Programs and support groups are offered throughout the year, and participation can continue for as long as help is needed. In addition to the programs provided on the FirstHealth Hospice campus, services can be taken into the community – to schools, churches and even work places – in times of community loss.
During 2013, the Grief Resource & Counseling Center made more than 4,500 bereavement visits and contacts with families with a loved one in hospice care, provided 1,015 counseling sessions and offered 120 support groups with attendance totaling 950.
Hospice Chapel and Hospice Grounds
Pinehurst resident Charlie McWilliams, who chaired the fundraising effort for a chapel on the grounds of FirstHealth Hospice, describes the 1,000-square-foot building as “a dream for the whole campus.”
The nondenominational chapel, which can accommodate up to 49 seated people, is used for functions related to services provided by FirstHealth Hospice, offering a place of comfort and solace for patients and families or as a location for small services following a death.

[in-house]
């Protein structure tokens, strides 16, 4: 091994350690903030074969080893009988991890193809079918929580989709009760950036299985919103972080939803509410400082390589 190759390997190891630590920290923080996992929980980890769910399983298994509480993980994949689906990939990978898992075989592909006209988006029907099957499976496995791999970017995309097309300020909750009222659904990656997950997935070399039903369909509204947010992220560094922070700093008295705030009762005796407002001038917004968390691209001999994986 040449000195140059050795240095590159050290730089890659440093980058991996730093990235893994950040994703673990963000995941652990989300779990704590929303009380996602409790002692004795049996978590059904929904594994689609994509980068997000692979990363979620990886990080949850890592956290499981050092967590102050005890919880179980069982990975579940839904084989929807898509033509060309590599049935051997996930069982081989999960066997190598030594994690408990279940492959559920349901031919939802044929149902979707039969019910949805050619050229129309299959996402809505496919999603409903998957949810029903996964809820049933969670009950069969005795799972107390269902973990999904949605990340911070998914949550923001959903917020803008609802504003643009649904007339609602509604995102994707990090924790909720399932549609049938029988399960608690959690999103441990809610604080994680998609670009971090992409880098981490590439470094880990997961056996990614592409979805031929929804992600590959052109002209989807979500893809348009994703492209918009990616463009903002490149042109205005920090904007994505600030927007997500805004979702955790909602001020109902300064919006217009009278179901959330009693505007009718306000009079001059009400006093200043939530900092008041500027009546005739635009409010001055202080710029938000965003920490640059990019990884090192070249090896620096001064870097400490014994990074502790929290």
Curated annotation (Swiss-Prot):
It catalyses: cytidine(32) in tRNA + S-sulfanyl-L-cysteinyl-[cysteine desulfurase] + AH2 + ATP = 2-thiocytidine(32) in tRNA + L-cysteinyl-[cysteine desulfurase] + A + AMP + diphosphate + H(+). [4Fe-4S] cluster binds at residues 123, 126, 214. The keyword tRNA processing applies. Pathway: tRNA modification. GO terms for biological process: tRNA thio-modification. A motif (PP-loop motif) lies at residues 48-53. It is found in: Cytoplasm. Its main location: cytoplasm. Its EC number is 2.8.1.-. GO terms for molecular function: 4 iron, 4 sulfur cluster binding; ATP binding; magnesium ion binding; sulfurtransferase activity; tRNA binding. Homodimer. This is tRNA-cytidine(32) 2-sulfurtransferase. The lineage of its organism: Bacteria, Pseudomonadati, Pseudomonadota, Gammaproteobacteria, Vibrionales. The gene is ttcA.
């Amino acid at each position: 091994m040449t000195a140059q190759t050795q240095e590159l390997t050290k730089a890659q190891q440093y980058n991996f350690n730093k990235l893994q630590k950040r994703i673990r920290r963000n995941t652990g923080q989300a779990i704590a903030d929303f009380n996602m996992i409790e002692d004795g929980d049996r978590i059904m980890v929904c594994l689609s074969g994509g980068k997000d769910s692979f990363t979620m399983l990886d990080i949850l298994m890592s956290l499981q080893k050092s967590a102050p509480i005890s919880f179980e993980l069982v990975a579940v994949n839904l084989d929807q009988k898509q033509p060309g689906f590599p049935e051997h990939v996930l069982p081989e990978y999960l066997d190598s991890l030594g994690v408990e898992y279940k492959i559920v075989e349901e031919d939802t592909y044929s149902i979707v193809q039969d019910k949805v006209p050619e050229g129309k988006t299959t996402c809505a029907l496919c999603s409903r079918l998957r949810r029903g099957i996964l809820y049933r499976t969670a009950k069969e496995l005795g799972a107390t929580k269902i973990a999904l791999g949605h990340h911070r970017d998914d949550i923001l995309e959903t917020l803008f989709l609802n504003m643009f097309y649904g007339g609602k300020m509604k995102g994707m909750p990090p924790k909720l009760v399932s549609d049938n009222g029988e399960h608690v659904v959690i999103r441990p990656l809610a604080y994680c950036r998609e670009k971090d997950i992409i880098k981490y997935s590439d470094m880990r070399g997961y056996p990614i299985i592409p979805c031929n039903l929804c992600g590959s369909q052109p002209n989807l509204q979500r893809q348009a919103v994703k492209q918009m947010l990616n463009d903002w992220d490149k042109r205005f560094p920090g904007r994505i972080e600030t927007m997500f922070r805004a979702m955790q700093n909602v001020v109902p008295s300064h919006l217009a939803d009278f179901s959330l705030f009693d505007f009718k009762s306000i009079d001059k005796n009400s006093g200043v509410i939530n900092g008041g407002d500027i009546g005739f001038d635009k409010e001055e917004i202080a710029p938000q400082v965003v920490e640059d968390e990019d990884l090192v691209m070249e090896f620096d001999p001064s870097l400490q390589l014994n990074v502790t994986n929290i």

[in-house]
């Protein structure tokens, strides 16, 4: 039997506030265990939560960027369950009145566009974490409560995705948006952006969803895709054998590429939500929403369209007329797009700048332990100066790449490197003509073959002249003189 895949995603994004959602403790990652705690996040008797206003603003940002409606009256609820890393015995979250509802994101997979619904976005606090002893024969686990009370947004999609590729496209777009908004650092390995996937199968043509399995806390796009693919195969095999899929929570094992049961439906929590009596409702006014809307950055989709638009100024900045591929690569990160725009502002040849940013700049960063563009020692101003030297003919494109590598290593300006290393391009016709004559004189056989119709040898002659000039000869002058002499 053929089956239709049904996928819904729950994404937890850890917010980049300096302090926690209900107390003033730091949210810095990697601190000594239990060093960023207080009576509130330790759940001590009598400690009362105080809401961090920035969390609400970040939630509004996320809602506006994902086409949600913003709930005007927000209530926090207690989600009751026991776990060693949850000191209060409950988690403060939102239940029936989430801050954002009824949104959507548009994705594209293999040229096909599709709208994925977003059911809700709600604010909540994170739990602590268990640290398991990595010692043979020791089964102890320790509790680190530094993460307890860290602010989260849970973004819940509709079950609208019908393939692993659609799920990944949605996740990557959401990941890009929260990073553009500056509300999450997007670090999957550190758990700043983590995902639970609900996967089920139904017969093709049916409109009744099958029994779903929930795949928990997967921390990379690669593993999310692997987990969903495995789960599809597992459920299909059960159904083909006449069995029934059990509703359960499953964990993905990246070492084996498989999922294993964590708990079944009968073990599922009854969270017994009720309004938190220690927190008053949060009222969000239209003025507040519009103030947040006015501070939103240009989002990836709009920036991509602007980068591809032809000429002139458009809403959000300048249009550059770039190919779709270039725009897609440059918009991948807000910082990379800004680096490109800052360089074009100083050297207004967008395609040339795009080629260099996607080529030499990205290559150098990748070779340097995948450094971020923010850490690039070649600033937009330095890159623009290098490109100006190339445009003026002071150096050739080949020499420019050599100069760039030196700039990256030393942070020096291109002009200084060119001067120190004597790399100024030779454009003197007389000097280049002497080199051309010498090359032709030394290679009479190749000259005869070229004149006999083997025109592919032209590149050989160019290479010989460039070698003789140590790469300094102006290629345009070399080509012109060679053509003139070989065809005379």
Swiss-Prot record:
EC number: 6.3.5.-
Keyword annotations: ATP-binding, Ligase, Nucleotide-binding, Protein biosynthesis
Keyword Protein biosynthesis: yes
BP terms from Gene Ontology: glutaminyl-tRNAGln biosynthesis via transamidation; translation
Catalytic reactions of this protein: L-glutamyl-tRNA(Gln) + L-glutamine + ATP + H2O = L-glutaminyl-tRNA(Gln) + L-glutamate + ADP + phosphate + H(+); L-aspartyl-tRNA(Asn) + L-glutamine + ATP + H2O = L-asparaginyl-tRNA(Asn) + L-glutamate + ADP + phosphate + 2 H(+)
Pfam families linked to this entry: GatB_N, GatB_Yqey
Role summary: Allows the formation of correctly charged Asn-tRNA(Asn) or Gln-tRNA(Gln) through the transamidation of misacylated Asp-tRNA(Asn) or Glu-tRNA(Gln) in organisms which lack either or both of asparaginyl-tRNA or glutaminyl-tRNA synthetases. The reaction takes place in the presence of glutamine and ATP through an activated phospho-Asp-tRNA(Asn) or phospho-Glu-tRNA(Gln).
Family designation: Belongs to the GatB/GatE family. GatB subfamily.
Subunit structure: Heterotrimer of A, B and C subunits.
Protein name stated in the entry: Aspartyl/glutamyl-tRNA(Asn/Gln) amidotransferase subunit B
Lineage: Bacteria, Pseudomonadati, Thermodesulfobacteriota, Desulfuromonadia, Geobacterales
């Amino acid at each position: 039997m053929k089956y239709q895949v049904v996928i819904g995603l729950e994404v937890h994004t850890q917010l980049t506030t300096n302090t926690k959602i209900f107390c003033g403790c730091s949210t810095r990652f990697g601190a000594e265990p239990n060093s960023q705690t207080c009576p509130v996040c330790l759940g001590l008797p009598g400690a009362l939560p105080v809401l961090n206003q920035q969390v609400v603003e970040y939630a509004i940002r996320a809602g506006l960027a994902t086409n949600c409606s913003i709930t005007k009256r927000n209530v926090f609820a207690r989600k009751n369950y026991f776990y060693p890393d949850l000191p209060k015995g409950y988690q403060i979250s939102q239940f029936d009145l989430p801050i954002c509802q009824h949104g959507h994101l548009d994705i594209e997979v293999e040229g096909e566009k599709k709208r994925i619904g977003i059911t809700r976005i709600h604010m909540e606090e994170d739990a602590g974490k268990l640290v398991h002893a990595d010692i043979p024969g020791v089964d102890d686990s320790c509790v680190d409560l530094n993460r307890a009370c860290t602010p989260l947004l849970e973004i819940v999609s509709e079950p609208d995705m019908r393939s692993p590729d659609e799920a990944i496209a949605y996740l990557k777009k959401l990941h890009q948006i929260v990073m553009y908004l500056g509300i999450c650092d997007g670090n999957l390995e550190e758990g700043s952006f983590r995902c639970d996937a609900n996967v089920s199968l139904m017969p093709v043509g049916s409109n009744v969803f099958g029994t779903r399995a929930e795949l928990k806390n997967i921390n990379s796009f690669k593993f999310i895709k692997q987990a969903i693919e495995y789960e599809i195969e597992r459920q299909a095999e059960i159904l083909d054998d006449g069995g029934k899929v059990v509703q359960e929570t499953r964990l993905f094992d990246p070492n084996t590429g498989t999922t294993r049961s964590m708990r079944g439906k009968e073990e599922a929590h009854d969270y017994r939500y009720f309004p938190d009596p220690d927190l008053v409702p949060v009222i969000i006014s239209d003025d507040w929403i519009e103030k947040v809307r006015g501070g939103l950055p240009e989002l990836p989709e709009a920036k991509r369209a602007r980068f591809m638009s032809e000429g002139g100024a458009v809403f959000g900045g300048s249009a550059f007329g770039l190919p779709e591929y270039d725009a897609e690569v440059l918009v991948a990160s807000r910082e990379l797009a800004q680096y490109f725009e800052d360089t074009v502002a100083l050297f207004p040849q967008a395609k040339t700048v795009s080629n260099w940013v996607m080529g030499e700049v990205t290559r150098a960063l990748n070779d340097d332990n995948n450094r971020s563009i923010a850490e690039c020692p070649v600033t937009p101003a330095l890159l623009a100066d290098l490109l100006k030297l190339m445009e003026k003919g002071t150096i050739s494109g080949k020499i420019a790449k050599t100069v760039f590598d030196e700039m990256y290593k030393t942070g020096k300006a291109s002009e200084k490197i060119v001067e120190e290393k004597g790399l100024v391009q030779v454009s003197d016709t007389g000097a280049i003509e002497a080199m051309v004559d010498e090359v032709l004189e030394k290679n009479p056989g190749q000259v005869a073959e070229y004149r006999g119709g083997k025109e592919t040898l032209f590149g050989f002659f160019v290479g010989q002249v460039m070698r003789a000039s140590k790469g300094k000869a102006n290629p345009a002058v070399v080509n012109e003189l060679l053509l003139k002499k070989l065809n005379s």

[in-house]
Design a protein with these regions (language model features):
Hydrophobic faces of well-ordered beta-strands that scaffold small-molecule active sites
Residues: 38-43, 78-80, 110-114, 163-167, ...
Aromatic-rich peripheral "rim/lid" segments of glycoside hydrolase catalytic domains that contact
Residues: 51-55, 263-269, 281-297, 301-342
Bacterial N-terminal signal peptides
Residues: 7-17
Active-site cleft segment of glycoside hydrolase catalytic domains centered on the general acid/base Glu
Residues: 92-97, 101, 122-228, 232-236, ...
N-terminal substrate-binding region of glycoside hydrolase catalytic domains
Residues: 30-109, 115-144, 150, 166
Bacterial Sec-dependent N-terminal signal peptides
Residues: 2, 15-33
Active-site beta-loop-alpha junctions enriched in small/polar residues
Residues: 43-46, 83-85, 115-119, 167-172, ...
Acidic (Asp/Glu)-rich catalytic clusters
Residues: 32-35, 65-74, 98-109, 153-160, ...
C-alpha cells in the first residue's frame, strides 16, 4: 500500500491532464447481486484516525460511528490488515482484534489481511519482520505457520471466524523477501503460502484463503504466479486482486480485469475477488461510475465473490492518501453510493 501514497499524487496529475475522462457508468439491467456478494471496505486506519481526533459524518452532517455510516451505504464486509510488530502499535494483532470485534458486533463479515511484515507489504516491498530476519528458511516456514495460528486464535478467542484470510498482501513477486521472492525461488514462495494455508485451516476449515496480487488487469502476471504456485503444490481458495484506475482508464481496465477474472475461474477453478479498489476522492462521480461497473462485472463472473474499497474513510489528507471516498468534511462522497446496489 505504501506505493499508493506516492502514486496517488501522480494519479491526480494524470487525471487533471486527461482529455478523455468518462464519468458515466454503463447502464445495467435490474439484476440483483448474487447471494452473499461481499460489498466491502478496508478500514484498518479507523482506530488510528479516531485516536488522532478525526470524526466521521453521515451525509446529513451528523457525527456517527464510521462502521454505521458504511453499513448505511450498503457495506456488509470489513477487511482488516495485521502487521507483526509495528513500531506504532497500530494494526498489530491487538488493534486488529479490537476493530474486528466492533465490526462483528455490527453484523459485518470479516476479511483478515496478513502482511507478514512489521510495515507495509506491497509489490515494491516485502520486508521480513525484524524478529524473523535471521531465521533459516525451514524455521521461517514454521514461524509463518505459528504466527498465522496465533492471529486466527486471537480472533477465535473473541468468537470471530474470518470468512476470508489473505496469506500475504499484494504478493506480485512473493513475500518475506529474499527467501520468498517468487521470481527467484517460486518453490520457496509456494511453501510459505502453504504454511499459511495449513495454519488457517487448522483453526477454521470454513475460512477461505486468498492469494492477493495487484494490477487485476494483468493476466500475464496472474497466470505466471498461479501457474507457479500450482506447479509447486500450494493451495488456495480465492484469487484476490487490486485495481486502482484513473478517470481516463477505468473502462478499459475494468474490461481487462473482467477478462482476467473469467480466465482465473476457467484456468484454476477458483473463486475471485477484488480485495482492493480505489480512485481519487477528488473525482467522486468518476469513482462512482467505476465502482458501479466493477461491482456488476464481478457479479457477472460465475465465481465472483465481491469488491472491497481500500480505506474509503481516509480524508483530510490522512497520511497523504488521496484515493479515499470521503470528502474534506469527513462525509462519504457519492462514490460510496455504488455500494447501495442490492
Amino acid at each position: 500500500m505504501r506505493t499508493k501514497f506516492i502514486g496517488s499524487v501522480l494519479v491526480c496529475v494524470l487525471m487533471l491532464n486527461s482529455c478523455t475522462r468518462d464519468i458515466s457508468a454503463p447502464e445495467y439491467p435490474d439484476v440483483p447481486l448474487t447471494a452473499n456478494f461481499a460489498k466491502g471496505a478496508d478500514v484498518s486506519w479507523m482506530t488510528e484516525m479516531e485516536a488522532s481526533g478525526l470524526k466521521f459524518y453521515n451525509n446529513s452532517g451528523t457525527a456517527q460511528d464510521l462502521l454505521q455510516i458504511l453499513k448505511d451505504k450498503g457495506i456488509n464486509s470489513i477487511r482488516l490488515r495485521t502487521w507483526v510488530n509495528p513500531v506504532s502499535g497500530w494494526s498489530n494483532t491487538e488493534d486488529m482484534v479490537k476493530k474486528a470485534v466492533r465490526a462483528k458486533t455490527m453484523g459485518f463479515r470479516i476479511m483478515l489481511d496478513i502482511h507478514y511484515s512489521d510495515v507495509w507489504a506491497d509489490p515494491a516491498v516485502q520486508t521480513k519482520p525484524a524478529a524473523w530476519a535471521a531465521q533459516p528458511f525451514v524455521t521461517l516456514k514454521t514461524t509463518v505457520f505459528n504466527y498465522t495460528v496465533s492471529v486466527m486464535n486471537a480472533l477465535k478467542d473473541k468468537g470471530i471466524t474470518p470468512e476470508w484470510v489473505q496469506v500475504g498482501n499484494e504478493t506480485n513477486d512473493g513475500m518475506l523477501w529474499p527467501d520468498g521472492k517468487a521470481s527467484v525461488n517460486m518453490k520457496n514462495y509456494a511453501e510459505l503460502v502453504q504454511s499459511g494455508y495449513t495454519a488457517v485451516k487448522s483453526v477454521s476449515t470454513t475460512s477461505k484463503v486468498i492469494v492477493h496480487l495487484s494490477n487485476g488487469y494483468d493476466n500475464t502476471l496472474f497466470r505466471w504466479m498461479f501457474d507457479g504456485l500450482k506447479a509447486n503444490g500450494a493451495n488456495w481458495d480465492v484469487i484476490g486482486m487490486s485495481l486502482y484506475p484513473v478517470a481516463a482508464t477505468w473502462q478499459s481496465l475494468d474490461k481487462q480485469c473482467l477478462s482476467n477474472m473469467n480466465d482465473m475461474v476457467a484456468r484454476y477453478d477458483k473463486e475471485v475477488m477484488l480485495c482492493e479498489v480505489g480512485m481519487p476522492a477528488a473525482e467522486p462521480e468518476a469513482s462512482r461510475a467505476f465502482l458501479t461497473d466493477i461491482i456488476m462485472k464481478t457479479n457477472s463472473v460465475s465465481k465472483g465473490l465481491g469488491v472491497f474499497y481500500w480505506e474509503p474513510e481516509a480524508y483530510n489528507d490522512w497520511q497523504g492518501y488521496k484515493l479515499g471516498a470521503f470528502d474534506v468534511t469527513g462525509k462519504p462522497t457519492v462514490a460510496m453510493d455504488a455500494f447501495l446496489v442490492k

The chapel is also open to the community through the services of the Grief Resource & Counseling Center.
The FirstHealth Hospice grounds were recently re-landscaped to incorporate the existing lake into a design that includes a labyrinth and pathways where patients, families and staff can get away from the inpatient environment and experience the peace and beauty of their outdoor surroundings.
A special feature of the Grief Resource & Counseling Center focuses on the programs offered to children and teens. In addition to one-on-one counseling sessions, these services include age-appropriate grief support groups and special events such as holiday parties and pizza and movie nights.